The Rules of Intestacy: Why Making a Will is Essential
The rules of intestacy are governed by the Law of England and Wales and outline how an estate should be distributed when the deceased dies without a valid Will. The rules of intestacy can also apply even when there is a Will. This may occur in situations where certain beneficiaries have passed away and their entitlement under the Will does not have a default clause, leaving part of the estate unable to be fully administered. This is known as partial intestacy. It is important to be aware of how these rules affect estate administration to ensure that your estate will pass as you intend. To determine who is entitled under an estate in these circumstances, an order of priority is outlined in Section 46 of the Administration of Estates Act 1925.
- Rules of Intestacy for Married Individuals
- Rules of Intestacy for Those with Children
- Rules of Intestacy for Other Family Members
- Procedure and Differences in Handling
- What This Means for You
- Why Choose Ridley & Hall Will Writing Solicitors?
Rules of Intestacy for Married Individuals
The first beneficiary entitled, if there is one, is the surviving spouse. When there are no children, the surviving spouse is entitled to the entire residuary estate. There is a survivorship period of 28 days, during which the spouse must survive past this point to be entitled. If the spouse dies within this time, they are considered as not having survived the deceased, and the next beneficiary in the order of priority is entitled. If the spouse does survive by 28 days and there are children of the deceased, the spouse is entitled to personal chattels (personal possessions, house contents, etc.) and a statutory legacy of £322,000, recently increased from £270,000 as of July 26, 2023, through the Administration of Estates Act 1925 (Fixed Net Sum) Order 2023. The residuary estate is then divided between the spouse and the children, with the spouse entitled to 50% and the children to the remaining 50% (divided equally if there is more than one).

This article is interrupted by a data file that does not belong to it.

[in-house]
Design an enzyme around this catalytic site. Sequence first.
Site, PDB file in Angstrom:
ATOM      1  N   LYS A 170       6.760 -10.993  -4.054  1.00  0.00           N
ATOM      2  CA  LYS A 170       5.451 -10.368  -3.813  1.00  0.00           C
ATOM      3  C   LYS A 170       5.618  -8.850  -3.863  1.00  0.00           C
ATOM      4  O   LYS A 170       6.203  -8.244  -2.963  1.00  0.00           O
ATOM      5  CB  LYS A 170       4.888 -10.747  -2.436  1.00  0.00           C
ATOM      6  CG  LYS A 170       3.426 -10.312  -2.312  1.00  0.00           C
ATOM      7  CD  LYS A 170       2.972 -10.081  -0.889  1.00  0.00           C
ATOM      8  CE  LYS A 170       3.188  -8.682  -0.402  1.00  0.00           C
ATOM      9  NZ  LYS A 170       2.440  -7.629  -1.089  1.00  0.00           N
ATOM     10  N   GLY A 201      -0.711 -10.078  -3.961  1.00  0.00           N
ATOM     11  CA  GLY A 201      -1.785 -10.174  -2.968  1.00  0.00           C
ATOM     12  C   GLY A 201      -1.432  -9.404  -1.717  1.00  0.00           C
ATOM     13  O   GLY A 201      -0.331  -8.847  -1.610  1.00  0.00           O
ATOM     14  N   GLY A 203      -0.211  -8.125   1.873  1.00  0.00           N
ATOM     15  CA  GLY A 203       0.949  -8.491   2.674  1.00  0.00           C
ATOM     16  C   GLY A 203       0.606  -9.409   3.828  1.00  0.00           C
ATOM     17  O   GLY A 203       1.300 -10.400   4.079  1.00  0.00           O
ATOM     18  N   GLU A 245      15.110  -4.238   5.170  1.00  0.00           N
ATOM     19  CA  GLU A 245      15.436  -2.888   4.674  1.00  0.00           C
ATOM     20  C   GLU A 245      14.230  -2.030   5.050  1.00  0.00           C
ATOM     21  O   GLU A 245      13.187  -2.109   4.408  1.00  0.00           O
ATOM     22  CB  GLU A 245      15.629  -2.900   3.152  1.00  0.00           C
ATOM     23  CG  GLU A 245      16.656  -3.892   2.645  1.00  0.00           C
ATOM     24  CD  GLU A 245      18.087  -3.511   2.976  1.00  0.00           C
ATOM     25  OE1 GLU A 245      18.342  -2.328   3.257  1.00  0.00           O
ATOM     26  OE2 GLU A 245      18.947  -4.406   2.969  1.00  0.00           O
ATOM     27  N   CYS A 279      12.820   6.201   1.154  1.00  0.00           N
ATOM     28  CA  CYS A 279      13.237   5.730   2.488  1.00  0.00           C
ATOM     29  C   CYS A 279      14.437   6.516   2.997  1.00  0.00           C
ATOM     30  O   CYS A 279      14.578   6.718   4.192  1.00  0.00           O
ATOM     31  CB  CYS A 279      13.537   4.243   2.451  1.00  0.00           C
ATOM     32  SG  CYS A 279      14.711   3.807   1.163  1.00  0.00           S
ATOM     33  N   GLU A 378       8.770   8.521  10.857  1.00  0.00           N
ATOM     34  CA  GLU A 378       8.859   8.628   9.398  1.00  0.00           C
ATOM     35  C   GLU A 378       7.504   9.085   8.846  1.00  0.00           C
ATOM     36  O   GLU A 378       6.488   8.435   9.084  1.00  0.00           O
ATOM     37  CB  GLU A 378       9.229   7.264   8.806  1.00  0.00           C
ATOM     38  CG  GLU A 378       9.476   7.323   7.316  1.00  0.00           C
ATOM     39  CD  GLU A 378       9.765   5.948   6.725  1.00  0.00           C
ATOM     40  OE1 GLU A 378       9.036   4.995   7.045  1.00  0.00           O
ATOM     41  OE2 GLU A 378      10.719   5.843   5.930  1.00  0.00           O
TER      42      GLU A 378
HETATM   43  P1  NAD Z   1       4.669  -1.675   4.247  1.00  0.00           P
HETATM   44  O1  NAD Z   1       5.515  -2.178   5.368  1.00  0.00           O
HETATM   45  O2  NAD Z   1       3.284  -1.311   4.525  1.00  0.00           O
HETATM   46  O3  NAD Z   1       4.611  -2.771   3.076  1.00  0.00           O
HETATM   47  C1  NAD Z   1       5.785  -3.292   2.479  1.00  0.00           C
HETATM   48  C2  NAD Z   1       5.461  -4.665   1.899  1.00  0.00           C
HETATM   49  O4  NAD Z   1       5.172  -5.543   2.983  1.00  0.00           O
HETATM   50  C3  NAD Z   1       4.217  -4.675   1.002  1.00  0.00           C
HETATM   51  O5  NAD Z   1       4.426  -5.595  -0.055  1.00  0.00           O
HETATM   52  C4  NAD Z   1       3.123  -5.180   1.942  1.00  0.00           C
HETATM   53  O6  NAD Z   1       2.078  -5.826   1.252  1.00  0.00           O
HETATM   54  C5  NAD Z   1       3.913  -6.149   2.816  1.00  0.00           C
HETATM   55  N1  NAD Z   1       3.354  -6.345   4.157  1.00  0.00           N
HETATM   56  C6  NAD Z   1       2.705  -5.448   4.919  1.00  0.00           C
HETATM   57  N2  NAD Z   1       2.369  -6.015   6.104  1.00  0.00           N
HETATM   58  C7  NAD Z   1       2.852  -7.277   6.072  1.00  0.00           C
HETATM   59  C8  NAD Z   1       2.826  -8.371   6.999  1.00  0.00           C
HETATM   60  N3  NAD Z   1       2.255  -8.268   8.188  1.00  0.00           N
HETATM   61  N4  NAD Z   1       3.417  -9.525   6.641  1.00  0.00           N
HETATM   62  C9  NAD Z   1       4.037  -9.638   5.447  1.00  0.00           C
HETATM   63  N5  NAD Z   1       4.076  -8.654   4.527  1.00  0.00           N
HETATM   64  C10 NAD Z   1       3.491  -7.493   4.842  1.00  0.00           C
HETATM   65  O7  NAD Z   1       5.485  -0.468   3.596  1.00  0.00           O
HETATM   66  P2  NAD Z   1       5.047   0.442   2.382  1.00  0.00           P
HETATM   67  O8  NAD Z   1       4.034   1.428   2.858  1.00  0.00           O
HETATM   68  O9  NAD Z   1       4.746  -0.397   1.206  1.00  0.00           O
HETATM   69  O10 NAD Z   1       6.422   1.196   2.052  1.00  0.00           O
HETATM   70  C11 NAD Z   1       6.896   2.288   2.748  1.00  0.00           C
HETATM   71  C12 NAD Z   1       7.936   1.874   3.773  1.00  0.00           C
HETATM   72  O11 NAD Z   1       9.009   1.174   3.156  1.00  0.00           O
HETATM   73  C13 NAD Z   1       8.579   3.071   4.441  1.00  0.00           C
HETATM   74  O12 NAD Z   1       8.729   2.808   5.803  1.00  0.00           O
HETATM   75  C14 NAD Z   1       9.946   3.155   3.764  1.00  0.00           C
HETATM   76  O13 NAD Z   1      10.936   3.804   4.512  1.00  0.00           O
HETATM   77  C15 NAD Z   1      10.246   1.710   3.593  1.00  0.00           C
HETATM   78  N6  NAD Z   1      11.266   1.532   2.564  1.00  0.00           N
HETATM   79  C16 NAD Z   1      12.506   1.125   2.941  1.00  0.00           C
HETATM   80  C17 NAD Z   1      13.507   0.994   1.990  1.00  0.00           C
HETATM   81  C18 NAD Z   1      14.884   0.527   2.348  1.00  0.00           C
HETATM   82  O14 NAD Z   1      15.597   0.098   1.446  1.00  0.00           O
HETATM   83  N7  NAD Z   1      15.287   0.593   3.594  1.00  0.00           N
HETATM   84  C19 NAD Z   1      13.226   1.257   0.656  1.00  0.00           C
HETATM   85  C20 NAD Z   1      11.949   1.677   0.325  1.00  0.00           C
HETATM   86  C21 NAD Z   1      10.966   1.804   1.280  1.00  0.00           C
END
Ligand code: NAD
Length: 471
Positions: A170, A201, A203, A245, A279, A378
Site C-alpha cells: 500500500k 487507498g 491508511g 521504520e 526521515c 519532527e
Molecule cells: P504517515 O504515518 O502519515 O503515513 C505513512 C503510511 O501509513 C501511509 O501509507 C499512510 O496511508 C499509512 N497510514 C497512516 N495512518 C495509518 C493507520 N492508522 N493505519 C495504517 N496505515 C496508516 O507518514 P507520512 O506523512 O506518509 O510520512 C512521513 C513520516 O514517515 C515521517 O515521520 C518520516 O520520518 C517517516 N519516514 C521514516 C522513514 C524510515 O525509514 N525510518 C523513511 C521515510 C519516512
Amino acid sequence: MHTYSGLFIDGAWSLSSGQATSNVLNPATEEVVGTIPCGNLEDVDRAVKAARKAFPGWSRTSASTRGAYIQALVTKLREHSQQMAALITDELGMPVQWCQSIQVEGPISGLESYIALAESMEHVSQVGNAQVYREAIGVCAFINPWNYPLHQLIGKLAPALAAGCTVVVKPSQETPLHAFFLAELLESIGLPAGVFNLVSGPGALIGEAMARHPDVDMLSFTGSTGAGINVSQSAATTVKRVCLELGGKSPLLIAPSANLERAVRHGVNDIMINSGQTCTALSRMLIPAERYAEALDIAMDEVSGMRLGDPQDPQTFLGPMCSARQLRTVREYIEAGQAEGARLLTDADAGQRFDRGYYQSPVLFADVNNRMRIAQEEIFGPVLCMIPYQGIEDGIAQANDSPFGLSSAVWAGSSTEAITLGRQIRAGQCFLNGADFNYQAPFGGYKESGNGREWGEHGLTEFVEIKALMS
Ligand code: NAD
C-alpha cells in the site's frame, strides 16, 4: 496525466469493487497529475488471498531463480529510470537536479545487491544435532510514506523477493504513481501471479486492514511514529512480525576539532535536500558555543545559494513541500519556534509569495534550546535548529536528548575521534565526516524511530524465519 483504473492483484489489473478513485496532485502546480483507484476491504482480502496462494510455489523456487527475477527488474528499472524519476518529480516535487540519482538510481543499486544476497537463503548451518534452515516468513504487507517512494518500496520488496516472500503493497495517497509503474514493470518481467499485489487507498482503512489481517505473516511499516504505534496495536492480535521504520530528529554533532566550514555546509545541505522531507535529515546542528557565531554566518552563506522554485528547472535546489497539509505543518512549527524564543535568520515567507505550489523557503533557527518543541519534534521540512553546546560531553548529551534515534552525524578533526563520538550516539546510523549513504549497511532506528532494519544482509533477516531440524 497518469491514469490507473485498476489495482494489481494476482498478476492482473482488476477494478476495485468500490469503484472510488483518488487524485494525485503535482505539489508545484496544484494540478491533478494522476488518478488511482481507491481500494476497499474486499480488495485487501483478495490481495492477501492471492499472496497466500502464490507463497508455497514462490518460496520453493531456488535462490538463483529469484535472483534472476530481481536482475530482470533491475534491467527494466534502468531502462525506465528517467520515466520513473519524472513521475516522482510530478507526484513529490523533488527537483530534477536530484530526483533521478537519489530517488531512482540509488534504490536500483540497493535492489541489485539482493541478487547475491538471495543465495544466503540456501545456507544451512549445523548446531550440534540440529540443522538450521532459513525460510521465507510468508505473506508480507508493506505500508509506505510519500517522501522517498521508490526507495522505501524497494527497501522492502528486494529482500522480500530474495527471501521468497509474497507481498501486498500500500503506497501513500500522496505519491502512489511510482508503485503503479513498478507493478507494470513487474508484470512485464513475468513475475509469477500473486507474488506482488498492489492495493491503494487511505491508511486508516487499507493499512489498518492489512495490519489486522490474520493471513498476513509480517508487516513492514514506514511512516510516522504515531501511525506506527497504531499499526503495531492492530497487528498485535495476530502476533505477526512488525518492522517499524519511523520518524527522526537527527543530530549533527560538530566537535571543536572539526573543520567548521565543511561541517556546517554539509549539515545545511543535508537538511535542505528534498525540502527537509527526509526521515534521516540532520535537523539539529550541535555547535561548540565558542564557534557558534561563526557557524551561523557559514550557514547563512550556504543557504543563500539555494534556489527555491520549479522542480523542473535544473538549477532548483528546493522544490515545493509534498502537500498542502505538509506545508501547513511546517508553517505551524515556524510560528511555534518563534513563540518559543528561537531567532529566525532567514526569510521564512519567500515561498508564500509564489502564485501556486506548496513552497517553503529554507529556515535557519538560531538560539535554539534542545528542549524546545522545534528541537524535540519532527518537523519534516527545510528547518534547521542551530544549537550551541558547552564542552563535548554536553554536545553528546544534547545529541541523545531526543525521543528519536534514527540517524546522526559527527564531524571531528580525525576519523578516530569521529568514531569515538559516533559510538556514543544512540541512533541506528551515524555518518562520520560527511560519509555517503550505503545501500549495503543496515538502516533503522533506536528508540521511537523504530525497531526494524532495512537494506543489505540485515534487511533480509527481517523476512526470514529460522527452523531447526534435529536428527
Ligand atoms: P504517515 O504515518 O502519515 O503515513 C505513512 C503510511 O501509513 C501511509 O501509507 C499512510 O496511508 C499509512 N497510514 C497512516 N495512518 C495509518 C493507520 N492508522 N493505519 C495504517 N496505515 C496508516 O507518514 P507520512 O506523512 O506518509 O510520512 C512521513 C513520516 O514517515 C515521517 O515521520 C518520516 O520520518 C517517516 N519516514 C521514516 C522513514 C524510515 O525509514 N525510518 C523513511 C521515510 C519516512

Rules of Intestacy for Those with Children
In situations where there is no surviving spouse, the children of the deceased will be entitled to the residuary estate, which will again be split among however many of them there are. In terms of eligible children, adopted children and illegitimate children fall under this category, while stepchildren and foster children have no entitlement.
Rules of Intestacy for Other Family Members